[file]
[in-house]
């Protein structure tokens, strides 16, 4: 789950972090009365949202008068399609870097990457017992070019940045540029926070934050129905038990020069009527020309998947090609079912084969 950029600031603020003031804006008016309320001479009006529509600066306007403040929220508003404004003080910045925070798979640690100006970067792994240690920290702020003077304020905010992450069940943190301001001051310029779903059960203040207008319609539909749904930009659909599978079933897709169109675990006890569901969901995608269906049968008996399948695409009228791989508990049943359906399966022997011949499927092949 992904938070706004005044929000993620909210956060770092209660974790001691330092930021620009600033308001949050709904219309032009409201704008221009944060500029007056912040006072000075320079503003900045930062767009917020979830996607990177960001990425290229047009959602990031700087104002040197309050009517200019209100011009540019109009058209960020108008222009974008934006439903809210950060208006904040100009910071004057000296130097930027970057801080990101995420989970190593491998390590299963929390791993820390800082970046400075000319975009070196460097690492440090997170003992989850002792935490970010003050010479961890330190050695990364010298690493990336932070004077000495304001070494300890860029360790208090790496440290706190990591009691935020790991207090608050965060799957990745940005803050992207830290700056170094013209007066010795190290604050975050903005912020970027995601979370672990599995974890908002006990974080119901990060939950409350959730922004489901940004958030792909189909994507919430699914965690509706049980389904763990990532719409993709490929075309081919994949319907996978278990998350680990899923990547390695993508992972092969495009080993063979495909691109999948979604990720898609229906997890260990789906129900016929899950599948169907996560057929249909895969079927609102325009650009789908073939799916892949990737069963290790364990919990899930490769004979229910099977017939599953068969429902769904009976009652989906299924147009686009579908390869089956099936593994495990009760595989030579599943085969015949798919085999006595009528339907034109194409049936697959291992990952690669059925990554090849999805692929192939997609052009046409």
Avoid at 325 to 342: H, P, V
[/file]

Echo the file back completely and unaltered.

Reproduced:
[in-house]
């Protein structure tokens, strides 16, 4: 789950972090009365949202008068399609870097990457017992070019940045540029926070934050129905038990020069009527020309998947090609079912084969 950029600031603020003031804006008016309320001479009006529509600066306007403040929220508003404004003080910045925070798979640690100006970067792994240690920290702020003077304020905010992450069940943190301001001051310029779903059960203040207008319609539909749904930009659909599978079933897709169109675990006890569901969901995608269906049968008996399948695409009228791989508990049943359906399966022997011949499927092949 992904938070706004005044929000993620909210956060770092209660974790001691330092930021620009600033308001949050709904219309032009409201704008221009944060500029007056912040006072000075320079503003900045930062767009917020979830996607990177960001990425290229047009959602990031700087104002040197309050009517200019209100011009540019109009058209960020108008222009974008934006439903809210950060208006904040100009910071004057000296130097930027970057801080990101995420989970190593491998390590299963929390791993820390800082970046400075000319975009070196460097690492440090997170003992989850002792935490970010003050010479961890330190050695990364010298690493990336932070004077000495304001070494300890860029360790208090790496440290706190990591009691935020790991207090608050965060799957990745940005803050992207830290700056170094013209007066010795190290604050975050903005912020970027995601979370672990599995974890908002006990974080119901990060939950409350959730922004489901940004958030792909189909994507919430699914965690509706049980389904763990990532719409993709490929075309081919994949319907996978278990998350680990899923990547390695993508992972092969495009080993063979495909691109999948979604990720898609229906997890260990789906129900016929899950599948169907996560057929249909895969079927609102325009650009789908073939799916892949990737069963290790364990919990899930490769004979229910099977017939599953068969429902769904009976009652989906299924147009686009579908390869089956099936593994495990009760595989030579599943085969015949798919085999006595009528339907034109194409049936697959291992990952690669059925990554090849999805692929192939997609052009046409």
Avoid at 325 to 342: H, P, V